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L-Star As a SuperCon2018 Badge Add-On

A project log for L-Star: Software-Defined 6502 Computer

Replicate an Apple-1. Or an OSI Challenger. Or something else. Design your own 6502 computer by programming it.

Jac GoudsmitJac Goudsmit 11/05/2018 at 19:274 Comments

Apple-1 emulator for SuperCon2018 Badge

I turned my SuperConference 2018 Badge Add-on board into a 6502 computer, so if you're tired of playing Zork on a Z80, you can play Super Star Trek on an Apple 1 emulator.

I didn't win the badge hacking competition, though I think I might have had a good chance to at least be admired on stage if I would have had 5 more minutes with a soldering iron; the add-on was basically working but it was disconnected from the badge because of a wiring mistake that I didn't notice until after all the soldering stations had disappeared.

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Layout

Fitting the Propeller and the Western Design Center W65C02S on the add-on board wasn't easy. The designers apparently didn't have two 40-pin DIP chips in mind when they made up how to connect the islands on the board. There was pretty much only one single way for the Propeller and the 6502 to fit on there, and I knew from the beginning that that would cause trouble, since the chips are right next to each other and everyone knows(?) that most DIP chips are too big to be mounted next to each other like that. There was going to be some filing in my future.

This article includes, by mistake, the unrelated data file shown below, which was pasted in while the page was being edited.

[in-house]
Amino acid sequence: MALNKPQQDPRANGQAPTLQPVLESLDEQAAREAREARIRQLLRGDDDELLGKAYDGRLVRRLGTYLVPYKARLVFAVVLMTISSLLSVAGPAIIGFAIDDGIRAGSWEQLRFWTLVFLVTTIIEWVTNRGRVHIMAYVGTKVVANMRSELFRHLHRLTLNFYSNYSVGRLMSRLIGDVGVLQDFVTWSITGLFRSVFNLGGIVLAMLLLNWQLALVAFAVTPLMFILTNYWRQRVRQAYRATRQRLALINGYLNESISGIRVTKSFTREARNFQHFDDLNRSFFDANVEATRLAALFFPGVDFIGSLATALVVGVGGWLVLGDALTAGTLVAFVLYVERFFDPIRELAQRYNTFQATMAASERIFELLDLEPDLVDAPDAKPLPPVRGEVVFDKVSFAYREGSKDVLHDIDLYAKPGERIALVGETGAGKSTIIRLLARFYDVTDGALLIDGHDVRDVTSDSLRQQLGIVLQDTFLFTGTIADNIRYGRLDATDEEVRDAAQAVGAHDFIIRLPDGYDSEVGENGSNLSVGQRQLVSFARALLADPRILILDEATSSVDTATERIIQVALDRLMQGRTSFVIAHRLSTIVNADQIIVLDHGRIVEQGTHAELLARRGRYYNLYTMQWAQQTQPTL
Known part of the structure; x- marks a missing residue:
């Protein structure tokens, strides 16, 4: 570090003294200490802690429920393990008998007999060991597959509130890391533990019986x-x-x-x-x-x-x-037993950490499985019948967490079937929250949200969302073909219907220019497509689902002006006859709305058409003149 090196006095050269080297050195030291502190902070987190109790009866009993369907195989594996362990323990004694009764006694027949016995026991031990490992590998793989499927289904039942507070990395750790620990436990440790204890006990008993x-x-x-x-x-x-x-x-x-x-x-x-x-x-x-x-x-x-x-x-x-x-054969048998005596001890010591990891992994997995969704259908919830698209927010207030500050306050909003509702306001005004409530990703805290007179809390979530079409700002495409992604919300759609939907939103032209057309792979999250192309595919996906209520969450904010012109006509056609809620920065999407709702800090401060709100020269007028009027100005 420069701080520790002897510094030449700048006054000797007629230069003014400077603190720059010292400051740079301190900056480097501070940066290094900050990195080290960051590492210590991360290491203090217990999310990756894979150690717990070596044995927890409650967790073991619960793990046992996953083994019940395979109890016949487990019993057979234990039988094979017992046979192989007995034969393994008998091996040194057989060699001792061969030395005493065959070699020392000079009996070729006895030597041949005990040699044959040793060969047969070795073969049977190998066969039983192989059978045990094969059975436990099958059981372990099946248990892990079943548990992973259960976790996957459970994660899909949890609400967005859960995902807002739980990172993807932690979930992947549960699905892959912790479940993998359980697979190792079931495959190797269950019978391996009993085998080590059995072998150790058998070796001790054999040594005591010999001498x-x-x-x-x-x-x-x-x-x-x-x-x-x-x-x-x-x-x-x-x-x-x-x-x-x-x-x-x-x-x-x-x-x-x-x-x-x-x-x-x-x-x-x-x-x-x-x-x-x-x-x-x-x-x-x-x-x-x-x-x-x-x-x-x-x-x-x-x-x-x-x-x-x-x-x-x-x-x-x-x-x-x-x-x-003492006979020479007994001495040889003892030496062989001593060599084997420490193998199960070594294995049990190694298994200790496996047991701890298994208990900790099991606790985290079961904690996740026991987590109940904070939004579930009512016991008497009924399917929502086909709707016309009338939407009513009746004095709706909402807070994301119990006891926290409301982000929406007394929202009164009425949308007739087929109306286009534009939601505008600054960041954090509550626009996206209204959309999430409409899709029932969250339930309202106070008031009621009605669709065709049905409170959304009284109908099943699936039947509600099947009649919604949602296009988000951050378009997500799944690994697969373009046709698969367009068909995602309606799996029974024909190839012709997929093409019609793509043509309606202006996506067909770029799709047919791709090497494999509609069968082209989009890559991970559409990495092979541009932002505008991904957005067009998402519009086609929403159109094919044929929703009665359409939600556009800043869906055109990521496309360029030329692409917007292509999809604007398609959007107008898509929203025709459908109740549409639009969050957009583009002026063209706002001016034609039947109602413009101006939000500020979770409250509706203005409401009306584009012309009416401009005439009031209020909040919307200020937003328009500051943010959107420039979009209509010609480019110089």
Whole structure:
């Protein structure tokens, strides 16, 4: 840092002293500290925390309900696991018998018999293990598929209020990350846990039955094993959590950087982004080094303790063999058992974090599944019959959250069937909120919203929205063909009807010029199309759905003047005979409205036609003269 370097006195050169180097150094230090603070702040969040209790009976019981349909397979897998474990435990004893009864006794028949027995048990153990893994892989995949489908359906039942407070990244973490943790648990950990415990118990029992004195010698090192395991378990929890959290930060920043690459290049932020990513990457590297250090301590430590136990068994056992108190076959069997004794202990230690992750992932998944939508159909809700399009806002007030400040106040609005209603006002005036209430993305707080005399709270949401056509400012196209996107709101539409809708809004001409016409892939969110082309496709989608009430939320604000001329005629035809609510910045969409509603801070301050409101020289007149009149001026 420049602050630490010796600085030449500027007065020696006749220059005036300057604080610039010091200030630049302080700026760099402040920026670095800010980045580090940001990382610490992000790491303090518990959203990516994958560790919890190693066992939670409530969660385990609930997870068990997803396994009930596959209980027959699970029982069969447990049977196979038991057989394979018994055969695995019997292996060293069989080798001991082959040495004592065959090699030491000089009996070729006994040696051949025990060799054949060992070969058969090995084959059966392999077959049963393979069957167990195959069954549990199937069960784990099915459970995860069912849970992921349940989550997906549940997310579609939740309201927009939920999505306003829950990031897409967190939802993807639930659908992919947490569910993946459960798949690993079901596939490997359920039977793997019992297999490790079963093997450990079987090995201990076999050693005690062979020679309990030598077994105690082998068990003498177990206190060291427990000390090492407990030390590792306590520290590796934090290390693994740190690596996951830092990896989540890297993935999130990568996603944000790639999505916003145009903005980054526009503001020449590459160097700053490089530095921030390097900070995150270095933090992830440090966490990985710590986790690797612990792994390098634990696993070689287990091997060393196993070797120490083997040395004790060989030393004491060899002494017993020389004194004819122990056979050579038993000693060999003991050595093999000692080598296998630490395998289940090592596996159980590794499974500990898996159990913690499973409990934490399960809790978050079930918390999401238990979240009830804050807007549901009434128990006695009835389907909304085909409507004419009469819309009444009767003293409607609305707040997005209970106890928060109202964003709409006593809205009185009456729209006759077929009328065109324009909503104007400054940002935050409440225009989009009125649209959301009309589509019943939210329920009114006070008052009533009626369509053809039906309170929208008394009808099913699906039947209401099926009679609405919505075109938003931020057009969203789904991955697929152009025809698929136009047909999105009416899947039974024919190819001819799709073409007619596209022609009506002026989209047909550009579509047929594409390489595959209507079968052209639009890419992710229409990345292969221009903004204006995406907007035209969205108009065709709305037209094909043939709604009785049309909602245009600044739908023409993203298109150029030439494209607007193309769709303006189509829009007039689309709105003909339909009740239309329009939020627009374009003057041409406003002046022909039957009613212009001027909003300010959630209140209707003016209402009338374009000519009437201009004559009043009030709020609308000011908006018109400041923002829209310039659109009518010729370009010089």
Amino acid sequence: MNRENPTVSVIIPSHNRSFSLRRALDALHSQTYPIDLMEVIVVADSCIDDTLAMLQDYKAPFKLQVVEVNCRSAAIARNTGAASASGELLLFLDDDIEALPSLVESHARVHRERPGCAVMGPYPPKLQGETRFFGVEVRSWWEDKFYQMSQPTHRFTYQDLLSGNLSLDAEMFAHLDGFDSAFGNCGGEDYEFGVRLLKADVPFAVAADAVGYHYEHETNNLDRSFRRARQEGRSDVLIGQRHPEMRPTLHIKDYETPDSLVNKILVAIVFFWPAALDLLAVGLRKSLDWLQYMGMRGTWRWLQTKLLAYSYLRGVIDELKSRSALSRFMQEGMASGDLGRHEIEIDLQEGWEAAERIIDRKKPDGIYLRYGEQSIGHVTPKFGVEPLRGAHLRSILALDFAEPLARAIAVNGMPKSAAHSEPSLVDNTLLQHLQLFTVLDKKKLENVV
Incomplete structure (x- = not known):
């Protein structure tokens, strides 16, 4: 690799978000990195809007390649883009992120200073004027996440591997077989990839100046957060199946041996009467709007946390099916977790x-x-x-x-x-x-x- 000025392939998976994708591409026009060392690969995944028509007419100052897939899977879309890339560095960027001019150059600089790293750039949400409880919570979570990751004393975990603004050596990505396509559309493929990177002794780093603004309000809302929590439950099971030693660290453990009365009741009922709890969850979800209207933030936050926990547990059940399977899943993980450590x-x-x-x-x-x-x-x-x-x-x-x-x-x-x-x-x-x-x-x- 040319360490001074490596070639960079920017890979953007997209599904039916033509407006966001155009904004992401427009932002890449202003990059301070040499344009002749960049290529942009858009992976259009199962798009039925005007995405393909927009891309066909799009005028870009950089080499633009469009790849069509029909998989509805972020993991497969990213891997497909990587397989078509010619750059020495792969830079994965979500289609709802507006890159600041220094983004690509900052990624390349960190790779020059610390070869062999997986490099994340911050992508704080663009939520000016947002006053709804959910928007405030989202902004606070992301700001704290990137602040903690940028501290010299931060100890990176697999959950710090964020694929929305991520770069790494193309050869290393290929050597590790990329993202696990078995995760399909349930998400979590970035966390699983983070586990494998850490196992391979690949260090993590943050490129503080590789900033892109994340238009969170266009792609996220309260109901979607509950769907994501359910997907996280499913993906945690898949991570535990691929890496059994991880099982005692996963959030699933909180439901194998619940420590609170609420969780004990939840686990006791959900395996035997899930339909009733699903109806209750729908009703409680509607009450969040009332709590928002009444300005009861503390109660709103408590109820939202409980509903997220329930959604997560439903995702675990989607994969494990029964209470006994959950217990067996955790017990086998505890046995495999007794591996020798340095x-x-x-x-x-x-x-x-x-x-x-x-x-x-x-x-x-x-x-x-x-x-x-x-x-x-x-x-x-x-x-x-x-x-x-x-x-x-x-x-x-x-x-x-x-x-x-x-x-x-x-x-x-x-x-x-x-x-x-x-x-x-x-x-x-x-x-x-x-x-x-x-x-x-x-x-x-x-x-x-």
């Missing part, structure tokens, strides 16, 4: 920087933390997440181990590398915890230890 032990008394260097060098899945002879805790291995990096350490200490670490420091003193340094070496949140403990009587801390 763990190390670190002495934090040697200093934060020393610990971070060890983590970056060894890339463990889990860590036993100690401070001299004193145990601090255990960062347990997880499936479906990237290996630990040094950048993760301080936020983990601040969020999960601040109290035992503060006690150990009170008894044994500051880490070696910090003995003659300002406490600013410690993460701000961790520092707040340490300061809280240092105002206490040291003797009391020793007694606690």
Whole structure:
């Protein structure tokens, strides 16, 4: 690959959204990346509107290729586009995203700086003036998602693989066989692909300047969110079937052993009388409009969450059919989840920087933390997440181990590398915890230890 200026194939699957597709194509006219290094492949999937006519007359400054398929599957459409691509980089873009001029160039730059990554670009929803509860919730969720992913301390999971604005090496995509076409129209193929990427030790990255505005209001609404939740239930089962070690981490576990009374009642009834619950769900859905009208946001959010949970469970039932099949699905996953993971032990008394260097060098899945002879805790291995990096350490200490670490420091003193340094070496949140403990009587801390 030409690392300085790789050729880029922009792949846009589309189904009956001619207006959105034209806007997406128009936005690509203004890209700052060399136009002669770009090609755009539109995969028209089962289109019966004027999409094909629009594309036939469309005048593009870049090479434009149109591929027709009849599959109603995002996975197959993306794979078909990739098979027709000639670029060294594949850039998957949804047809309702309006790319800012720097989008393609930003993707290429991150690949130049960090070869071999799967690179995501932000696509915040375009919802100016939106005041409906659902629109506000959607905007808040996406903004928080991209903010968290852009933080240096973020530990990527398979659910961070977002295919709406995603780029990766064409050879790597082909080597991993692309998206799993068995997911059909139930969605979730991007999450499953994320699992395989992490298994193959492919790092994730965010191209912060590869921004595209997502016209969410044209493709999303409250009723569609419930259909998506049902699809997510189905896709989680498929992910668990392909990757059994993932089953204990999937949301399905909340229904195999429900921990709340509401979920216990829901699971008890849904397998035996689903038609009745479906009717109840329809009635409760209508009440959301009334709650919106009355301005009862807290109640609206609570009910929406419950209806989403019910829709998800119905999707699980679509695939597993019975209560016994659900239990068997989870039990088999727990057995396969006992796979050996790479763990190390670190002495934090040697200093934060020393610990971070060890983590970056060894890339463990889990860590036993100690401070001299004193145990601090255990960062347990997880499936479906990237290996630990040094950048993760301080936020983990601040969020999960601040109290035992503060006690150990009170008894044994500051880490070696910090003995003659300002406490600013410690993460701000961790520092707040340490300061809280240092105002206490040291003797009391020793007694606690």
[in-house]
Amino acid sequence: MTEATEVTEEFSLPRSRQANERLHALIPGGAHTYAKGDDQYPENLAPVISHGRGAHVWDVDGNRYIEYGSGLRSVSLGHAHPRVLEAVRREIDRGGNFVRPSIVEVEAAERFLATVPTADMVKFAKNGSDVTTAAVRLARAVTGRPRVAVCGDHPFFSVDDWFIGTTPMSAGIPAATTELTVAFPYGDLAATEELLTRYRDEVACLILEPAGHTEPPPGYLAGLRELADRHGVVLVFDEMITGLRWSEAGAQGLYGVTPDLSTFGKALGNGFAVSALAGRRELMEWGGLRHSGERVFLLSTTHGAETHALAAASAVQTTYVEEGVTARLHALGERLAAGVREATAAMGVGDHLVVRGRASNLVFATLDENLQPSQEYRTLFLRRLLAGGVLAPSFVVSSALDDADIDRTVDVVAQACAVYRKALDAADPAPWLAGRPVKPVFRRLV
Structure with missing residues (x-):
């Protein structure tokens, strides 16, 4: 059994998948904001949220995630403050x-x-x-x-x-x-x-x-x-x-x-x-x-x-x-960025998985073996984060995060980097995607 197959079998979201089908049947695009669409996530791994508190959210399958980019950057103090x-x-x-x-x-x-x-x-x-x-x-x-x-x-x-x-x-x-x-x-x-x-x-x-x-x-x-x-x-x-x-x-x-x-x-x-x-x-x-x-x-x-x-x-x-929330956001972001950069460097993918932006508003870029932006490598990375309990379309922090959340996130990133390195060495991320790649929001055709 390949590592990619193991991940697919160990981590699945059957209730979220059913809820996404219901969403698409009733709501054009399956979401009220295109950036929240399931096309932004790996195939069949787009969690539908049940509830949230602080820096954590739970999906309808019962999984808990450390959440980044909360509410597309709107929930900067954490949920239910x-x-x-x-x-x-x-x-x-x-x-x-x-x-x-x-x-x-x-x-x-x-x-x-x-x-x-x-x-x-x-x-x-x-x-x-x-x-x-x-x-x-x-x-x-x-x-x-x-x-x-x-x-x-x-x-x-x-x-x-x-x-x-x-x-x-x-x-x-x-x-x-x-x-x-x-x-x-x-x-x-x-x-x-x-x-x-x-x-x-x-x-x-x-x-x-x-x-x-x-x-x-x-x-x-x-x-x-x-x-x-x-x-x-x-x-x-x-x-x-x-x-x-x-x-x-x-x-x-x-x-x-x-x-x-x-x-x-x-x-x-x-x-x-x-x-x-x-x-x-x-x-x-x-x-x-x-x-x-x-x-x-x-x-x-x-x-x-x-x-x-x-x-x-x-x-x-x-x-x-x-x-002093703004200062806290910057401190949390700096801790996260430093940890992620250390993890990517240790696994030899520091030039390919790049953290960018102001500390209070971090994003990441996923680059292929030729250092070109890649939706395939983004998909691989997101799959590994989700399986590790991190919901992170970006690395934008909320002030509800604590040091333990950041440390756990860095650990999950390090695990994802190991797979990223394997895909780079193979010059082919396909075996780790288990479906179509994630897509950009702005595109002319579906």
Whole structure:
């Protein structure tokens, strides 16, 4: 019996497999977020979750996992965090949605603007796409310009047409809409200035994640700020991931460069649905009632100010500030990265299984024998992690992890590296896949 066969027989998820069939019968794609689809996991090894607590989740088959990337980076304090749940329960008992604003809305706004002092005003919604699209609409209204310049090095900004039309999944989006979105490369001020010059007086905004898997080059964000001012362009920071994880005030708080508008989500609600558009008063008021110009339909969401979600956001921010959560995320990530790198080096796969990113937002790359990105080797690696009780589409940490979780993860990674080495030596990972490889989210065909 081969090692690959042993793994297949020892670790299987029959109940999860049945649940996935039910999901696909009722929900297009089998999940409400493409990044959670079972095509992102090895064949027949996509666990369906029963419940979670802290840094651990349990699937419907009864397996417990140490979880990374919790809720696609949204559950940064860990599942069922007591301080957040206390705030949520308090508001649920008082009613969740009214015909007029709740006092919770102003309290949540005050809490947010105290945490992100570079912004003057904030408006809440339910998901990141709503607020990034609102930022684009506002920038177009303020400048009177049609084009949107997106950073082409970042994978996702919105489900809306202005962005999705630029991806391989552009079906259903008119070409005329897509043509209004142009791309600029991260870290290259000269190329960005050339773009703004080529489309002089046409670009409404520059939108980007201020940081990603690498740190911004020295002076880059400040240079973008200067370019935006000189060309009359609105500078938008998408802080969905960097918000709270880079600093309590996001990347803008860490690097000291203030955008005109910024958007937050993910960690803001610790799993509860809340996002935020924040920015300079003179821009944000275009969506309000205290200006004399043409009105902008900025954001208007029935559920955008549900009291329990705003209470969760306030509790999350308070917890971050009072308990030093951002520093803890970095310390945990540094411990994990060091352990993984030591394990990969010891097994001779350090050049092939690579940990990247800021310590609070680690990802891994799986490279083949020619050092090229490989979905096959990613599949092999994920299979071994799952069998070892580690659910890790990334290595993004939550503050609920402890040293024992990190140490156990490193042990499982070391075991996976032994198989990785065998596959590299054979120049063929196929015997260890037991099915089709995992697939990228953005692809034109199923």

There was not enough space for the 8 pin DIP socket for the EEPROM after I had soldered the two 40-pin chips: it looks like there's an ocean of holes but they're all connected to each other or (by now) connected to the 40-pin DIP sockets. Fortunately the EEPROM has all pins 1-2-3-4 connected to ground, so I could cheat a little and just put it right there on the ground rail.

Propeller Bringup

The badge hacking area at the SuperConference had a nice supply of parts and tools, but unfortunately there were only 3 choices of wire: (1) Too thick and inflexible, (2) so thin that the wire strippers would cut the wire instead of stripping it, and (3) magnet wire. 

I decided to go with magnet wire. I had never used that for a hacking project and I don't think I'll do it again. Basically the way you work with it is that you use the soldering iron to melt the insulation where you want to solder it, and this just seems like an incredibly unreliable way of working to me. I didn't have a multimeter to test each connection (I should have brought one, and I did the next day) so I had to eyeball each solder joint to guess if the wire was actually connected and if the insulation was (probably) gone. This made the soldering take a long time and I still found out later that I had one solder joint where the insulation hadn't melted.